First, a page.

I chose a procedure called cryoablation of the prostate. This means: To destroy by freezing. I was fortunate in having an extremely talented surgeon, here in sunny Saginaw, Michigan. He is Dr Steven Jensen, at Tri-City Urology. My experience with cryoablation surgery was unbelievable. I went to the hospital apprehensive like everyone else, and was totally amazed at the whole routine.
I entered Covenant Hospital at 10:30 A.M. and at 8:30 P.M. that same evening, I was at home, having a bowl of soup with my wife. I never needed a pain pill. The procedure required a one hour and forty five minute general anesthesia and the pain was never more than a 2, on a scale of 1 to 10. There was no incision, as they inserted a series of argon probes into the prostate, through the southern-most portion of my anatomy and literally turned the gland into an ice cube. Then they slowly thawed it and repositioned the probes and froze it again.
I had to wear a catheter for 10 days after the surgery, which I removed myself just before my post op appointment. I was passing a few clots and my urine resembled tomato juice for a while, but, if you drink a lot, it clears up soon.
At this writing, it's been about six months since the surgery and everything is fine. I don't have the kind of control I would like yet, but it's slowly getting better. It usually takes three to six months to regain normal control but it's a relatively easy "work around" with a little planning. If I want to go out and "Boogie," all I have to do is urinate 3 or4 times since my last fluid intake and I'm good to go.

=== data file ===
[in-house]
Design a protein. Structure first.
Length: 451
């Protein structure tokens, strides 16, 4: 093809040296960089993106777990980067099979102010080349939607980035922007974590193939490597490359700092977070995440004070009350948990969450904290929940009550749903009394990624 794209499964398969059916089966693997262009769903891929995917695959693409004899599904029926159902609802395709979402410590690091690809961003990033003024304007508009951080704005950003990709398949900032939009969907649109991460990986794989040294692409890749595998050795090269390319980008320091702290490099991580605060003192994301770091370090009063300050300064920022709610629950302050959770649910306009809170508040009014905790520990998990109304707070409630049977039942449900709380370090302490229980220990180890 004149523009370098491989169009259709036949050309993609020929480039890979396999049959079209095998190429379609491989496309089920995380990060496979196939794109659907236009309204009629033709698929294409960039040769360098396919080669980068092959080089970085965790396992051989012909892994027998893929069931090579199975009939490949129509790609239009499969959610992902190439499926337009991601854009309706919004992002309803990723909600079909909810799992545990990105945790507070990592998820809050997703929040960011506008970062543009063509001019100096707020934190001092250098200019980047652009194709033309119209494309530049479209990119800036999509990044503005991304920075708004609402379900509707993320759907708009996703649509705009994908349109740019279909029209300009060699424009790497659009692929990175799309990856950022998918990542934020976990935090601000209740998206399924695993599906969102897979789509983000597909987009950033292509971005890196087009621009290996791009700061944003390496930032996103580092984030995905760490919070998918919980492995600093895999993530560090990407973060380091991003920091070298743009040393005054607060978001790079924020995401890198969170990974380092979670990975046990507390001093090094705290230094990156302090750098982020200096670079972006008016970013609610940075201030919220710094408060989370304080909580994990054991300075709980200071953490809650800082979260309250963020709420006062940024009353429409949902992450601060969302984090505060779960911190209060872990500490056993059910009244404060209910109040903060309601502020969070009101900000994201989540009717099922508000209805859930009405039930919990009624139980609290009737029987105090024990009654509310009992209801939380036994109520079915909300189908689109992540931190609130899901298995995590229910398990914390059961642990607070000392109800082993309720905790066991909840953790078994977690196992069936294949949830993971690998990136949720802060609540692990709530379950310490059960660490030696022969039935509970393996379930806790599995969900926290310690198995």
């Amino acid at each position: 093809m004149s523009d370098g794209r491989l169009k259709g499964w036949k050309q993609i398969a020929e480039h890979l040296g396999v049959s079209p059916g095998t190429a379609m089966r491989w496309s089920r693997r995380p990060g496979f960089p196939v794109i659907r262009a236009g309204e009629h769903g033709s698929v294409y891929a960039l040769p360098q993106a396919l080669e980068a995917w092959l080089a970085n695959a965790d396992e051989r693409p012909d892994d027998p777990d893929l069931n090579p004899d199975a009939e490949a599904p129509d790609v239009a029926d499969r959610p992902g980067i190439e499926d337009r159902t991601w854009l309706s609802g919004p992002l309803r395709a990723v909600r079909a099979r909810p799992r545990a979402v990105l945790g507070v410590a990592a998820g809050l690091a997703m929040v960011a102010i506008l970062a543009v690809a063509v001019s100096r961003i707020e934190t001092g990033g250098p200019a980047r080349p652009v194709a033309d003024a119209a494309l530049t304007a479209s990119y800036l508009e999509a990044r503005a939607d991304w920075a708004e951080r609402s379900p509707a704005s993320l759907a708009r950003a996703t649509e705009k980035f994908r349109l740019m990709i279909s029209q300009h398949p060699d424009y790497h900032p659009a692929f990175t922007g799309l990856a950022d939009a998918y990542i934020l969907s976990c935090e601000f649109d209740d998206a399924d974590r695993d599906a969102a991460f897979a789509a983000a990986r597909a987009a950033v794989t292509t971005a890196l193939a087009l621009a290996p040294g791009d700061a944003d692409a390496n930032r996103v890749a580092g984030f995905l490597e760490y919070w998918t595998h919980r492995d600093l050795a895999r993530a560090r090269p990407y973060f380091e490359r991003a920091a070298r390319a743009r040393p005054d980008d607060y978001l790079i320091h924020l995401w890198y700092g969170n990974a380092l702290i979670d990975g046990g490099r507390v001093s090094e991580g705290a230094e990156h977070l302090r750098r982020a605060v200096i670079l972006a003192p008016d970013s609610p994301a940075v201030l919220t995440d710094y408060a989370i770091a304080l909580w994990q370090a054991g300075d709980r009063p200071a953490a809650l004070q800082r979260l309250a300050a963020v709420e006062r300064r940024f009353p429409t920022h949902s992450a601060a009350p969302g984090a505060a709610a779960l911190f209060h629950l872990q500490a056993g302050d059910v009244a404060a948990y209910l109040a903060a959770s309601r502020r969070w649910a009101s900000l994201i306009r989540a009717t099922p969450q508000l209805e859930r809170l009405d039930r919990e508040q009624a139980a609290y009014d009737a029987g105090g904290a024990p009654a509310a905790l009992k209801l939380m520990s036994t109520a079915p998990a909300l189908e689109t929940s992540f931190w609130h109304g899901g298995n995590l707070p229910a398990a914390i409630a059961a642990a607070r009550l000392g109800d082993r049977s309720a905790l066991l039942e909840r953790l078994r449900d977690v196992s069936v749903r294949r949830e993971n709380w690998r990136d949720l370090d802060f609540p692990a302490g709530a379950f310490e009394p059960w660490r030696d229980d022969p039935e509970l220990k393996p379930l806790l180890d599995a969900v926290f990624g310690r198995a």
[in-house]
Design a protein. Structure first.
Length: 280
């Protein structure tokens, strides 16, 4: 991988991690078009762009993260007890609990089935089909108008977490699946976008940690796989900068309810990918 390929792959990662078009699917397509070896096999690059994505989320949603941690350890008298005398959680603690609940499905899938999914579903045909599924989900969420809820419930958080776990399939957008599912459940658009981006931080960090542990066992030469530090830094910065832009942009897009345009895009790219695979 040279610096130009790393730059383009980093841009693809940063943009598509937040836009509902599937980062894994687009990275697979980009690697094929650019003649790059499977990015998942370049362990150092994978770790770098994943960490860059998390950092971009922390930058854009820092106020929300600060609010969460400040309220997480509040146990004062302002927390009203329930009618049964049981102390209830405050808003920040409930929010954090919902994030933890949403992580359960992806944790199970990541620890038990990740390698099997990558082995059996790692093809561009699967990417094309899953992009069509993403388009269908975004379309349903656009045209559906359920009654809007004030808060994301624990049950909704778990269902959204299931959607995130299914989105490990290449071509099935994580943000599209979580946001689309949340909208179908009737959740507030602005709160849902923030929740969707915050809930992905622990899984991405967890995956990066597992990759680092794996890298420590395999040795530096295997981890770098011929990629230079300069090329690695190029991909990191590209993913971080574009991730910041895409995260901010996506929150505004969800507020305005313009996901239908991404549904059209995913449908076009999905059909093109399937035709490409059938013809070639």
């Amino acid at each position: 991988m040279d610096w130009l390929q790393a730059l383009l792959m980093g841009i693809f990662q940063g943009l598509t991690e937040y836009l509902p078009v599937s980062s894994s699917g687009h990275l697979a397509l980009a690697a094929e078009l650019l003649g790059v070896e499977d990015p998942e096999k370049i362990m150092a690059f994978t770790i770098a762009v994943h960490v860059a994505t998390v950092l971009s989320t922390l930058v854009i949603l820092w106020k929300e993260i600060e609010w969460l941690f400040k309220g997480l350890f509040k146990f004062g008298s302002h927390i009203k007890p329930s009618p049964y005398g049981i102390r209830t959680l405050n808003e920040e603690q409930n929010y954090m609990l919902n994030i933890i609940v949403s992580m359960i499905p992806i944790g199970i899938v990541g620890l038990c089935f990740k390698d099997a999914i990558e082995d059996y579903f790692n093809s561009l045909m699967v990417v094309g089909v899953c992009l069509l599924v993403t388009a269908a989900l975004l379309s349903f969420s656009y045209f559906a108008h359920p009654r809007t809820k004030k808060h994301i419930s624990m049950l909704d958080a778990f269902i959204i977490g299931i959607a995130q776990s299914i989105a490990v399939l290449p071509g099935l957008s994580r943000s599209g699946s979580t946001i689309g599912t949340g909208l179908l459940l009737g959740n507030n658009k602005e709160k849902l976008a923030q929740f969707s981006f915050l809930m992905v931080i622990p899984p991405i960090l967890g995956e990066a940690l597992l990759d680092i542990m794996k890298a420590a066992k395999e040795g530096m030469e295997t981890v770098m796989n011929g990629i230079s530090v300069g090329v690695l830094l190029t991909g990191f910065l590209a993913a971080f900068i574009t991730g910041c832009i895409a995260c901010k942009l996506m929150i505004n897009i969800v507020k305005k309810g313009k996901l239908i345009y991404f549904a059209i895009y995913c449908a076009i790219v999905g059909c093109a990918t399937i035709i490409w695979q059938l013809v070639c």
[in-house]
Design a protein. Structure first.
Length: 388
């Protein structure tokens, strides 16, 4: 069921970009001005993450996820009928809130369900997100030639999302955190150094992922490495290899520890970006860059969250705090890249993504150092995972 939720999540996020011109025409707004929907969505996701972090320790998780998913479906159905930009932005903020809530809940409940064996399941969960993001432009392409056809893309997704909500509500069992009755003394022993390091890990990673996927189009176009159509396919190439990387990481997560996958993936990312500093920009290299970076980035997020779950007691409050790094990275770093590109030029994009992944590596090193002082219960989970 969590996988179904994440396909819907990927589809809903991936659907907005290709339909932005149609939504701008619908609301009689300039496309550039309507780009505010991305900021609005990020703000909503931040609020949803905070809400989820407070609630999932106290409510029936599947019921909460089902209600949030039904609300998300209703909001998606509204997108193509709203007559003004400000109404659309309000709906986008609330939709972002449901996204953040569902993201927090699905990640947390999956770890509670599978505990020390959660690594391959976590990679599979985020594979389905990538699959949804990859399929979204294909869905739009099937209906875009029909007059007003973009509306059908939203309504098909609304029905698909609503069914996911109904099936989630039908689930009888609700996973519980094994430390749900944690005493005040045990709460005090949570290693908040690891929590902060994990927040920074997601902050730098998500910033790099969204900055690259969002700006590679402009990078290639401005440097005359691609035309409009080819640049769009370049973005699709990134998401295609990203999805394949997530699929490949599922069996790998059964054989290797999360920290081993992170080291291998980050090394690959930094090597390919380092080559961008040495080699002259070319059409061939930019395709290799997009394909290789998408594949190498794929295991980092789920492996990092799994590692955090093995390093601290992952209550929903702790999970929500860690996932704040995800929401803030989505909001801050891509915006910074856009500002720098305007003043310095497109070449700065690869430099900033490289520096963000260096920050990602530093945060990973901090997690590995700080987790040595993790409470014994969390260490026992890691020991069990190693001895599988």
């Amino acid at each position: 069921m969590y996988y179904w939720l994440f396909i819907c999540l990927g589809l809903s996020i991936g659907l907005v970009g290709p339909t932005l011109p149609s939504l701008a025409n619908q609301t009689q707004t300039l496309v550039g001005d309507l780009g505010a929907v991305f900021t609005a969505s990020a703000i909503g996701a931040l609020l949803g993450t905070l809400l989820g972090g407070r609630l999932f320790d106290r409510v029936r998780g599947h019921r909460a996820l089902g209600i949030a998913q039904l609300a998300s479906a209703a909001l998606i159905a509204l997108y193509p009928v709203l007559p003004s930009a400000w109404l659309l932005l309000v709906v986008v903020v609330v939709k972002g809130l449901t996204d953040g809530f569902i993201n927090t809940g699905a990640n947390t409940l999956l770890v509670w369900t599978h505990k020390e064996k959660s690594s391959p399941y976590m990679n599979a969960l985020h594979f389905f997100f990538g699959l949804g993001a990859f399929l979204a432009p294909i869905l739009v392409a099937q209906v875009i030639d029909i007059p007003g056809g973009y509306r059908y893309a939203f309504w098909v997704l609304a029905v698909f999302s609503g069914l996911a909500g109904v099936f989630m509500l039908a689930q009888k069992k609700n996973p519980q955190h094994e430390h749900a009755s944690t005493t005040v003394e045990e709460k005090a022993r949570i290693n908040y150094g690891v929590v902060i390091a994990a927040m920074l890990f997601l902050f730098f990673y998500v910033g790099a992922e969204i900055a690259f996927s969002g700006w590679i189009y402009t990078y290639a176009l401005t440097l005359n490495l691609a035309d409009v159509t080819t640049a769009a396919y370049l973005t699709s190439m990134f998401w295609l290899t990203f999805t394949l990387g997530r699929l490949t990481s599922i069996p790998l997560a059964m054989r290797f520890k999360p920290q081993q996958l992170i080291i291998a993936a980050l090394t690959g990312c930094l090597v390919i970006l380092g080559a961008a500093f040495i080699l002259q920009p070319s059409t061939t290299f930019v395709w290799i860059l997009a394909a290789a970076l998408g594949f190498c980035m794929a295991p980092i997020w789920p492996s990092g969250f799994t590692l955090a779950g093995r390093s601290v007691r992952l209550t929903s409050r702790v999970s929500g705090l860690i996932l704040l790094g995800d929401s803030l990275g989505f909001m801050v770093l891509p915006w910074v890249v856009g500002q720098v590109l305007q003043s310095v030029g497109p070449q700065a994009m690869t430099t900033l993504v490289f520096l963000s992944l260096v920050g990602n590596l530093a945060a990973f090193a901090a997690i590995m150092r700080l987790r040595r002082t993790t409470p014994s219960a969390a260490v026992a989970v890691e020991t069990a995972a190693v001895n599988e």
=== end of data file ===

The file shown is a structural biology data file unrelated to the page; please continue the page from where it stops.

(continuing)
When I had my 3 month post op PSA; check up, it was undetectable. I would heartily recommend this procedure to anyone who can have it. The only snag is that the cancer must be confined to the prostate to be able to have cryoablation done.
One more thing: When they do cryoablation, they protect the ureter and bowel from freezing by inserting a computer-controlled 72 degree liquid during the procedure. I hope this has helped someone out there.
Well Gang, Here it is, a little over a year and a half after my cryoablation surgery and my PSA is zero, undetectable. I have fairly good control over my urination and minimal to zero side effects. If I feel a strong urge, I'd better find a bathroom quickly. I have never needed a pad or special briefs, or any thing like that. It's amazing how rapidly your body adjusts to a given circumstance. I know that if I urinate at least three times from the last time I drink, I'm O.K. to go shopping or whatever.
One downside is that cryoablation eliminates your sexual capability completely. You know how "herbie" surges a bit when you tighten up your shut-off muscles? Well, that is completely absent. Any type of an erection or sexual desire for me is completely absent. At the age of 79, tho, this isn't a problem for me. It's much better than the alternative.
Again, I would HEARTILY RECOMMEND this surgery for anyone who qualifies for it. It's relatively painless and I made a complete recovery from it and have returned to a normal fine quality lifestyle. I get my P.S.A. checked every 6 months for a total of five years. If the cancer comes back, you can have cryoablation again.
My Doctor said not to worry about it, he can easily get me another 10 or 12 years and that's probably all I'll need. I sincerely hope this has encouraged someone.
Well guys, Here I am, 2-1/2 years after my cryoablation surgery, doing great with a zero PSA; reading. I have no seminal fluid or an ability ty have an erection, as my prostate gland was pretty much destroyed with the surgery. I can urinate normally, although if I get busy and store up a little too much urine, I will tend to leak a tad bit.
All I will say is that if you have a problem, keep your chin up, don`t read horror stories on the internet, don`t borrow trouble, trust your God and surgeon and believe that things will work out well.
Bill's e-mail address is: firstname.lastname@example.org